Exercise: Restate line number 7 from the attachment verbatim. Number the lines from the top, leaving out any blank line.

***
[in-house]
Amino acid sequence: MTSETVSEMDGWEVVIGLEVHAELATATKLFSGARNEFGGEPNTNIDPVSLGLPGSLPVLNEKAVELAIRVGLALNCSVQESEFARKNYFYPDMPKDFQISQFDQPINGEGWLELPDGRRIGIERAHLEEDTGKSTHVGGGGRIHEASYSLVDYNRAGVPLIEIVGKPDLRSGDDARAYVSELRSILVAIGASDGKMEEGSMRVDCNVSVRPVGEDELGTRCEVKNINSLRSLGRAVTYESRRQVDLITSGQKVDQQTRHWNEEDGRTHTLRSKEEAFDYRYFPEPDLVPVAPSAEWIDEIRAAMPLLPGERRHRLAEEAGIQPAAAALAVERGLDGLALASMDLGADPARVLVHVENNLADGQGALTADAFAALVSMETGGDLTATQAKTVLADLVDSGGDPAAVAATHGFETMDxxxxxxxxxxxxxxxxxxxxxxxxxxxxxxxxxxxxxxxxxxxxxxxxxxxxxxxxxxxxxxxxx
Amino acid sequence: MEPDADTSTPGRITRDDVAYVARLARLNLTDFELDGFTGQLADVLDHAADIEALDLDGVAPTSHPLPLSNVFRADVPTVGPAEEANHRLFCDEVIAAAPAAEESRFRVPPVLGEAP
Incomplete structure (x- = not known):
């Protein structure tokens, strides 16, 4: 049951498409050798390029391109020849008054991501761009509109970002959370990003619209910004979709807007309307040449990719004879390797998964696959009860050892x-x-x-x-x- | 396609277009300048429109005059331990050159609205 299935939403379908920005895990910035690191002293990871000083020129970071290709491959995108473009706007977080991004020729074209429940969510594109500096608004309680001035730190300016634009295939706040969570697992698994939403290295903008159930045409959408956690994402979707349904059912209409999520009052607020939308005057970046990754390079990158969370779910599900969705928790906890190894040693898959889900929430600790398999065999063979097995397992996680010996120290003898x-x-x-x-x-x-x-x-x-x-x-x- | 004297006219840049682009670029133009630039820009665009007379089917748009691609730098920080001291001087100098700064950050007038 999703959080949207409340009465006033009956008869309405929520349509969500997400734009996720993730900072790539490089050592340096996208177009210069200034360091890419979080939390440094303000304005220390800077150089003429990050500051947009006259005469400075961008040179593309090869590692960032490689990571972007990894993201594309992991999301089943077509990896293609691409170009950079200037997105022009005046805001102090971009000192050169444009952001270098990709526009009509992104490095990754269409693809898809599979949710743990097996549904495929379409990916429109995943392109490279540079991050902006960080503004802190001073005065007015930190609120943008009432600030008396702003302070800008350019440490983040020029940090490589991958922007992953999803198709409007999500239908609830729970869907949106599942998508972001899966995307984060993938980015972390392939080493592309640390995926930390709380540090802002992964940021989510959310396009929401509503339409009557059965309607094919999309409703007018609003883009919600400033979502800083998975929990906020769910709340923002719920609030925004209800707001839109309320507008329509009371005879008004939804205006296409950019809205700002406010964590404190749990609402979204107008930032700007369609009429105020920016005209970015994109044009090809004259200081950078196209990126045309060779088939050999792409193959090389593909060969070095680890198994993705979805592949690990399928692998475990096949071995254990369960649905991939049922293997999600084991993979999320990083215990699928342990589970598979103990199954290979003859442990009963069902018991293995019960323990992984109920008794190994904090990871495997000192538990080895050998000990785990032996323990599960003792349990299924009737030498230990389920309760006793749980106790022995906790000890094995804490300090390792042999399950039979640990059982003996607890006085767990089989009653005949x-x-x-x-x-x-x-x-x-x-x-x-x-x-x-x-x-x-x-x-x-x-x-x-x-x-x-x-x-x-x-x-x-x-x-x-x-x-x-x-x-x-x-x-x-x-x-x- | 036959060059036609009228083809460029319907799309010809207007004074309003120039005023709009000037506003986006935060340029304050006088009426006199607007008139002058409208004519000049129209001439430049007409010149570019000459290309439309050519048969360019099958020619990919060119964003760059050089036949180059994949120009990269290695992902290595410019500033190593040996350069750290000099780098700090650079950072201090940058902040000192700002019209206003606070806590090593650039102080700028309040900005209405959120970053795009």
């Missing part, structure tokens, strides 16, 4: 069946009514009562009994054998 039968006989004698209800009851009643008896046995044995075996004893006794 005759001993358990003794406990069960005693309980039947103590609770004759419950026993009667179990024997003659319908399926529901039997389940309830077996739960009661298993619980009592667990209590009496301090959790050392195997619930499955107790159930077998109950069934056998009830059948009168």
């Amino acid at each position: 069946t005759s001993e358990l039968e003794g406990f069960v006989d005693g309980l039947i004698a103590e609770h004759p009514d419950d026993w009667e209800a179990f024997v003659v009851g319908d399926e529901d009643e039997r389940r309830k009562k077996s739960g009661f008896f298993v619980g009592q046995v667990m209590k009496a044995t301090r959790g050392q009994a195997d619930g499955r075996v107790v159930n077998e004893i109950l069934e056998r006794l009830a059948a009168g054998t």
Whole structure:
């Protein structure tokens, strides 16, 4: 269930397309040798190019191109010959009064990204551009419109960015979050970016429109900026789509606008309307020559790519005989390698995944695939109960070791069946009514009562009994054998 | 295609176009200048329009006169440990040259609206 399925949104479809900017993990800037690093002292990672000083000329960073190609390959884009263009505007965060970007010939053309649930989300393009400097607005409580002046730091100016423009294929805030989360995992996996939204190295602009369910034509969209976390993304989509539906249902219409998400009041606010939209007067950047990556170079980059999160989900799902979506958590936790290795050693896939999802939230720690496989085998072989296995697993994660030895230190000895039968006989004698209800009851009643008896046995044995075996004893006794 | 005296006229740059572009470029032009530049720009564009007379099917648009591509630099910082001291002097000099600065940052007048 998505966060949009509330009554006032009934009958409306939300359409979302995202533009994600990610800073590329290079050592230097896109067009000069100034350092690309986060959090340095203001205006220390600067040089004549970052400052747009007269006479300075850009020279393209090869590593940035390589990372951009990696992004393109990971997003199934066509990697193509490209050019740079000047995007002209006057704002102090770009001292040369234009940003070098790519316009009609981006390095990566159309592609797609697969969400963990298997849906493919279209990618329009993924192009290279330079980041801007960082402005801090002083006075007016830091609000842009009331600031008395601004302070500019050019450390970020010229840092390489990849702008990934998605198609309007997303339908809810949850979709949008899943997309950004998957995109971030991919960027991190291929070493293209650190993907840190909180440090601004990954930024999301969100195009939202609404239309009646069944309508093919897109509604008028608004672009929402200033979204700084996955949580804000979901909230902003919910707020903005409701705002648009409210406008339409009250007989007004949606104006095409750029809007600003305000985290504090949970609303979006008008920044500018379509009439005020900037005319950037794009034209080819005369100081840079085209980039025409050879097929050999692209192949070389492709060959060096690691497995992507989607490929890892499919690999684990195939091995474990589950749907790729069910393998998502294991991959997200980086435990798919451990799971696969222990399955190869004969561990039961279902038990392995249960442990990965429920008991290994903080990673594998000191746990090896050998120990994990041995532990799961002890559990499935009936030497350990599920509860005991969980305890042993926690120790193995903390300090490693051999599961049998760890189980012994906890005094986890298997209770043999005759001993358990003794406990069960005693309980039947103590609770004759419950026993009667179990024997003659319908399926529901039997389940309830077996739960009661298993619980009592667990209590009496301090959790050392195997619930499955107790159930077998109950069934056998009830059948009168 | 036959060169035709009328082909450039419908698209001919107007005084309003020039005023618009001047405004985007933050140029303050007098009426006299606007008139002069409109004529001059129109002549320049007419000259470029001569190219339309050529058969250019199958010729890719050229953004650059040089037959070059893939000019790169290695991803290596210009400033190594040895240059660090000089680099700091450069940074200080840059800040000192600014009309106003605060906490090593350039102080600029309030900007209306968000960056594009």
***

């Amino acid at each position: 069946t005759s001993e358990l039968e003794g406990f069960v006989d005693g309980l039947i004698a103590e609770h004759p009514d419950d026993w009667e209800a179990f024997v003659v009851g319908d399926e529901d009643e039997r389940r309830k009562k077996s739960g009661f008896f298993v619980g009592q046995v667990m209590k009496a044995t301090r959790g050392q009994a195997d619930g499955r075996v107790v159930n077998e004893i109950l069934e056998r006794l009830a059948a009168g054998t």